Delamotte v. StoutAnnotate this Case
340 S.W.2d 894 (1960)
Jeanne Cannon DELAMOTTE v. Annie Morton STOUT, Admr'x.
Supreme Court of Tennessee.
October 7, 1960.
Chandler, Manire & Chandler, Memphis, for appellant.
Apperson, Crump & Duzane and Annie Morton Stout, Memphis, for appellees.
PREWITT, Chief Justice.
The question for decision before this Court is whether a child adopted under the Missouri adoption statute, V.A.M.S. § 453.010 et seq., which creates for the adopted child the same legal status as that of a natural child of the adopting parent with the right to inherit real and personal property from a brother or sister of the adopting parent, is entitled to inherit real and personal property in Tennessee from a deceased sister of the adopting parent.
The adopted child of a deceased brother of the deceased, Katie C. Reid, filed this bill *895 seeking to recover the entire estate to the exclusion of the first cousins of the deceased. The Chancellor sustained a demurrer to the bill and this appeal resulted.
The right of adoption is not a natural right. It contravenes common right, was unknown to the common law and originated with the statute. Hence, it is well settled that our adoption statutes are in derogation of the common law and are, therefore, to be strictly construed.
As against the adopted child the statute must be strictly construed because it is in derogation of the general law of inheritance, which general law of inheritance is founded on natural relationships, is a rule of succession according to nature, and has prevailed from time immemorial. Magevney v. Karsch, 167 Tenn. 32, 65 S.W.2d 562, 92 A.L.R. 343; Baskette v. Streight, 106 Tenn. 549, 62 S.W. 142; In re Knott, 138 Tenn. 349, 197 S.W. 1097; Taylor v. Taylor, 162 Tenn. 482, 40 S.W.2d 393; Fey v. Cato, 197 Tenn. 583, 276 S.W.2d 734.
The present Tennessee adoption statute clearly sets forth the effect of adoption in Section 36-126, T.C.A., as follows:"The final order forthwith shall establish the relationship of parent and child between the petitioners and the child as if such child had been born to them in lawful wedlock, and from the date of the signing of the final order of adoption, the child shall be entitled to inherit real and personal property from the adoptive parents, and from other adopted children within the adoptive family, or from natural born children within the adoptive family in accordance with the statutes of descent and distribution, and such adopted children or natural born children to the adoptive parents shall inherit from him, but only property of the child acquired after his adoption. Also the adoptive parents shall be entitled to inherit from the adopted child both real and personal property acquired from relatives of the adoptive parents. It is the intent of this chapter to preclude all heirs of the adoptive child except those within the adoptive family, lineal descendants, or spouse, from sharing in any part of the estate of the adoptive parents or the estate of relatives of the adoptive parents."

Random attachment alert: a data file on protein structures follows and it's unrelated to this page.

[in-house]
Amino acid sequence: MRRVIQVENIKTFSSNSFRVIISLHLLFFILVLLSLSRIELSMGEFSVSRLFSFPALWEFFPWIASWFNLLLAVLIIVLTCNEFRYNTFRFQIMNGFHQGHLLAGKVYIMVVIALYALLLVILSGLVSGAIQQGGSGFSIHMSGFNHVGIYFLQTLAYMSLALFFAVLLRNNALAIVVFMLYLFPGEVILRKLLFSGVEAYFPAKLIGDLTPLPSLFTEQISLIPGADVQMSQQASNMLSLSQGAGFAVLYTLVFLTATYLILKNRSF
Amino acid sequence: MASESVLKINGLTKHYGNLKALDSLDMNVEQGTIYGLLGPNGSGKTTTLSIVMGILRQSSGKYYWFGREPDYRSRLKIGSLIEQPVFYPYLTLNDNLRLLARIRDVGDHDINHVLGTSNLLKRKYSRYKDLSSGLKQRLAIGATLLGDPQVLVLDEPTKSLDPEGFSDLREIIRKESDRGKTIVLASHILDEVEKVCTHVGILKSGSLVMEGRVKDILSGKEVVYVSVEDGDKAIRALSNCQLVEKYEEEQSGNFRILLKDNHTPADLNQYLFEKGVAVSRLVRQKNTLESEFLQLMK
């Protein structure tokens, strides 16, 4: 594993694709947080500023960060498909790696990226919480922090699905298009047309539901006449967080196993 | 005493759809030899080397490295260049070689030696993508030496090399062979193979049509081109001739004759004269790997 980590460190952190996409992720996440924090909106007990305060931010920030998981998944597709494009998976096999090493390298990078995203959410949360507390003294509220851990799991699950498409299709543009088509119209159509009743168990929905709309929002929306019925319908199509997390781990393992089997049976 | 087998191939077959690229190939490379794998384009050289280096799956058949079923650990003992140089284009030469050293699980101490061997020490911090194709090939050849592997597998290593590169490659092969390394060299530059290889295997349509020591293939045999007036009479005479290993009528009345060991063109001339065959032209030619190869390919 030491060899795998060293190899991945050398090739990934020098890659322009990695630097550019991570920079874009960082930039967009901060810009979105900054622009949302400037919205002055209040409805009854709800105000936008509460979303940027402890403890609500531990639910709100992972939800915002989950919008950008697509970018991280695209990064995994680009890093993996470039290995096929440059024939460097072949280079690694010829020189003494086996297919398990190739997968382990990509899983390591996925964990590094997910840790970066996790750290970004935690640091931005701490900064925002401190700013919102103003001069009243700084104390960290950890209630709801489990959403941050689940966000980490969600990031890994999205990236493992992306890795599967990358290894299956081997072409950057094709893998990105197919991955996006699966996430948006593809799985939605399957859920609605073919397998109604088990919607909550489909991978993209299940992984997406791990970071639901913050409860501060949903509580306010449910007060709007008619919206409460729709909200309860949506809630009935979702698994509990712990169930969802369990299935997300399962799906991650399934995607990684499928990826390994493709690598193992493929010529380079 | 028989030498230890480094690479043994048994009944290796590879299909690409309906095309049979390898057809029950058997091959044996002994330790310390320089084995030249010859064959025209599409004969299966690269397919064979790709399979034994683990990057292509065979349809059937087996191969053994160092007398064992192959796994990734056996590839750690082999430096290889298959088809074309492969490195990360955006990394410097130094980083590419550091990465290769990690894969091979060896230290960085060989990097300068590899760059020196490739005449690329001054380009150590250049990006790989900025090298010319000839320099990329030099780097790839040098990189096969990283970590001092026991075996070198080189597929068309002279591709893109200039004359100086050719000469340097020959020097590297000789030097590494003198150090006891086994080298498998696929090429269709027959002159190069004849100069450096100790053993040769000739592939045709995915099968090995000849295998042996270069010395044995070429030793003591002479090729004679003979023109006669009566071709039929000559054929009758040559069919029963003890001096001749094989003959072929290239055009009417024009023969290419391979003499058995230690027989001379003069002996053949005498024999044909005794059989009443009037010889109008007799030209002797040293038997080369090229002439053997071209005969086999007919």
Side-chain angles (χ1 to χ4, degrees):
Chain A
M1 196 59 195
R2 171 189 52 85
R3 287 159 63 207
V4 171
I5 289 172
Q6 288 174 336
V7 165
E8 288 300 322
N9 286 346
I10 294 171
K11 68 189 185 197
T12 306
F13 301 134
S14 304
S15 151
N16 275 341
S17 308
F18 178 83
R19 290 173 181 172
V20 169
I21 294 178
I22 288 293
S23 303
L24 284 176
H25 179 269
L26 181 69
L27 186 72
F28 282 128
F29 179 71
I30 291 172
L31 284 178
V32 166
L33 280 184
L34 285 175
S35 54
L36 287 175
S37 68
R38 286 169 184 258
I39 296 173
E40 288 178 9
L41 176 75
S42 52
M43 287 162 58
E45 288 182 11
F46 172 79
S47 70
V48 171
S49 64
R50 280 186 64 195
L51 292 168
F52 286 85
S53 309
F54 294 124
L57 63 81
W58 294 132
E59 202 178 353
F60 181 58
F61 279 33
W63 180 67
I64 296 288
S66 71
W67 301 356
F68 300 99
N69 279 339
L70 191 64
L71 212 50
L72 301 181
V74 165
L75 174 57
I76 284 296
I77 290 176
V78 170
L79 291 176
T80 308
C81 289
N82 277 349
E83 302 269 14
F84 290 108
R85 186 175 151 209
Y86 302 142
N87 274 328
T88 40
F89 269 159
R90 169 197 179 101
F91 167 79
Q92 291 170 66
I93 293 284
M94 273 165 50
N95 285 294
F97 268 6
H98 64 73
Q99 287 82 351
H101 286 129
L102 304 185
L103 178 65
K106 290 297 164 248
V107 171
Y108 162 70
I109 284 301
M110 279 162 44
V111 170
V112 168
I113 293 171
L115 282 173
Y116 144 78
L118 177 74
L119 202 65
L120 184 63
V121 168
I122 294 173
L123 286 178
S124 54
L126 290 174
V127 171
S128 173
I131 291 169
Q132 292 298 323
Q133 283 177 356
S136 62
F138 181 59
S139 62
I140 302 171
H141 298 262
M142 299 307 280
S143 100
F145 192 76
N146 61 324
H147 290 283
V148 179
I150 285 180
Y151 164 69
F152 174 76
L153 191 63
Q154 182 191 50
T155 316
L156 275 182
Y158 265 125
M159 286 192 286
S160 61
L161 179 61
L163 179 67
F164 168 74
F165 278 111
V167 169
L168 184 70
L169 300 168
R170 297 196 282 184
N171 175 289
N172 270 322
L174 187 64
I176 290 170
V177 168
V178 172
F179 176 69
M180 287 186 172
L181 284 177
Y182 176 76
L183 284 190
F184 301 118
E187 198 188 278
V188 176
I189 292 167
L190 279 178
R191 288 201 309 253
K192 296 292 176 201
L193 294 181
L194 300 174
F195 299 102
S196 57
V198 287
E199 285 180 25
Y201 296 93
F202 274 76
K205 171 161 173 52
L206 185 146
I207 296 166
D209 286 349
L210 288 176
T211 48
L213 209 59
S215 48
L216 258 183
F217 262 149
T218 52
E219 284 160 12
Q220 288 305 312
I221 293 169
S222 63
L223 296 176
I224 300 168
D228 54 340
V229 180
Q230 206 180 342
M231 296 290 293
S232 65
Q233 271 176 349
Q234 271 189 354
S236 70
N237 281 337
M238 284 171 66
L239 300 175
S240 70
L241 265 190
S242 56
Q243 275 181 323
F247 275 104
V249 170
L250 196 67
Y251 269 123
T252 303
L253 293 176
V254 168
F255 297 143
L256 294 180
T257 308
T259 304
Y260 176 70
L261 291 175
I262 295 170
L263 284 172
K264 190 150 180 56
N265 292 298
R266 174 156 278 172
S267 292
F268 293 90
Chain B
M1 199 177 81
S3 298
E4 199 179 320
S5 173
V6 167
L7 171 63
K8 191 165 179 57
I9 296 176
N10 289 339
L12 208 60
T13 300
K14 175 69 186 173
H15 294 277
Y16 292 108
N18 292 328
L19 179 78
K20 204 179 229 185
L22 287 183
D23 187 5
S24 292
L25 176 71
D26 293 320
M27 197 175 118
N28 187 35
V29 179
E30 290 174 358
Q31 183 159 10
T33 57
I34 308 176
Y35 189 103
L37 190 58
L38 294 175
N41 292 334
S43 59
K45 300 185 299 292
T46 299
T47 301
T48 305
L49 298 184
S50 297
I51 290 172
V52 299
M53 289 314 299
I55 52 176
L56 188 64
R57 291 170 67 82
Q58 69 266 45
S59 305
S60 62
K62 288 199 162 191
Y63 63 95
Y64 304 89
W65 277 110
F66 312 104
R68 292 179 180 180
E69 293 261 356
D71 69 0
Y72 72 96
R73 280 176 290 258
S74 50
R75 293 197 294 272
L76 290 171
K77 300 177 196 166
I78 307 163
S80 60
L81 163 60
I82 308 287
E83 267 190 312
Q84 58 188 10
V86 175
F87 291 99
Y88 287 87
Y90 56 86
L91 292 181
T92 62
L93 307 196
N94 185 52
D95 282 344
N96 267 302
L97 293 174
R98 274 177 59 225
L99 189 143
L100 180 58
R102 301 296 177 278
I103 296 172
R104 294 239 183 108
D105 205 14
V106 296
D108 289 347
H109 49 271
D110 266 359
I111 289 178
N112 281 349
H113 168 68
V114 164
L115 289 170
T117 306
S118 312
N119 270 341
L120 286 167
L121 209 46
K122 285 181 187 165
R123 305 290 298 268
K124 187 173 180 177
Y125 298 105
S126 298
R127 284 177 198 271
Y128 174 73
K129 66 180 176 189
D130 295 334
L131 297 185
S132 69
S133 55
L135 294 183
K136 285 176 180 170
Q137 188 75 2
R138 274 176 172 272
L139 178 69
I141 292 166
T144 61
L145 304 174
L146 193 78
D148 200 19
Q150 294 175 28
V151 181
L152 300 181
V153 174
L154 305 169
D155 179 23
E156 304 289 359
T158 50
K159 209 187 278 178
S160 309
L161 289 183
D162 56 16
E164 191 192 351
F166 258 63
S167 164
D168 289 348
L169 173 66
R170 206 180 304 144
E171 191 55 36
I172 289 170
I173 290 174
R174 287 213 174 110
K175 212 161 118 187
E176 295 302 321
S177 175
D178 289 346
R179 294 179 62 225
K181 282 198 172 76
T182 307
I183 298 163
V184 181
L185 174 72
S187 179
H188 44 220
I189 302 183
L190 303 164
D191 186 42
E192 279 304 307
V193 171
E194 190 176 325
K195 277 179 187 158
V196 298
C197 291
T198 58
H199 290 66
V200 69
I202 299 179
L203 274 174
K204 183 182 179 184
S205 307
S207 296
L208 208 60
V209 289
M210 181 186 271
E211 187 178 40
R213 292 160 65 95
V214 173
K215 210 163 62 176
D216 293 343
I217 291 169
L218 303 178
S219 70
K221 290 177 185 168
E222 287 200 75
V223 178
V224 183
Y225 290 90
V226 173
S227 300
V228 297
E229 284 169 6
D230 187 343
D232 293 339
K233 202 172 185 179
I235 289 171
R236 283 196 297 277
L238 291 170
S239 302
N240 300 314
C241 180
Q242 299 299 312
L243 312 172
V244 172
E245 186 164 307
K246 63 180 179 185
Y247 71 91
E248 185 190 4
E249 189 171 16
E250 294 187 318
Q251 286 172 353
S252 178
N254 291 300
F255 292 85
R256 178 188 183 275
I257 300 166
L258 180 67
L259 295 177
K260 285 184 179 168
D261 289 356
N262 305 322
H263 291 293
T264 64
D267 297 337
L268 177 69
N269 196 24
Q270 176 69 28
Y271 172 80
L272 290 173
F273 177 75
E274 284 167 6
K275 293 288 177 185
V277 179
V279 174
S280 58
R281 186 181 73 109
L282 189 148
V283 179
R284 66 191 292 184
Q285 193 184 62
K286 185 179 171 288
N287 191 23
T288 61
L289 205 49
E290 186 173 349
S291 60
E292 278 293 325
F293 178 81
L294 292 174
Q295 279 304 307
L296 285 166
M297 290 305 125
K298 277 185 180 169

In Taylor v. Taylor, supra, the facts were very similar to the instant case. An adopted daughter of a deceased sister of the testator, Len Taylor, was claiming the right by virtue of her adoption to participate in the contest of the will of Len Taylor, deceased, as an heir of Len Taylor. The Court denied the adopted daughter the right to contest the will, reviewed the law on the subject, especially Helms v. Elliott, 89 Tenn. 446, 14 S.W. 930, 10 L.R.A. 535, and held that by adoption, one "only acquires such legal status as enables him to succeed to the real and personal estate of the adopting parent, and beyond this give him no inheritable right. He cannot inherit from the father's next of kin, nor can the father or his next of kin inherit from such child." See Fey v. Cato, 197 Tenn. 583, 276 S.W.2d 734.
The law of the place where the property is situated or the law of decedent's domicile controls the fact of the right of inheritance when in conflict with the law creating the status. Finley v. Brown, 122 Tenn. 316, 123 S.W. 359, 25 L.R.A.,N.S., 1285; Cole v. Taylor, 132 Tenn. 92, 177 S.W. 61.
In Cole v. Taylor, supra, 132 Tenn. at page 108, 177 S.W. at page 65, the Court said:"Tennessee has seen proper not to grant the right of collateral inheritance to such people, had their parents lived together as husband and wife in this state. It cannot be expected that the courts out of mere comity shall grant to citizens coming from other states a right which this state does not grant its *896 own citizens." See Smith v. Mitchell, 185 Tenn. 57, 202 S.W.2d 979.
Our Court throughout has maintained the doctrine that one may not go into a foreign state and create an heir to a deceased Tennessee resident.
It results that the decree of the Chancellor is affirmed.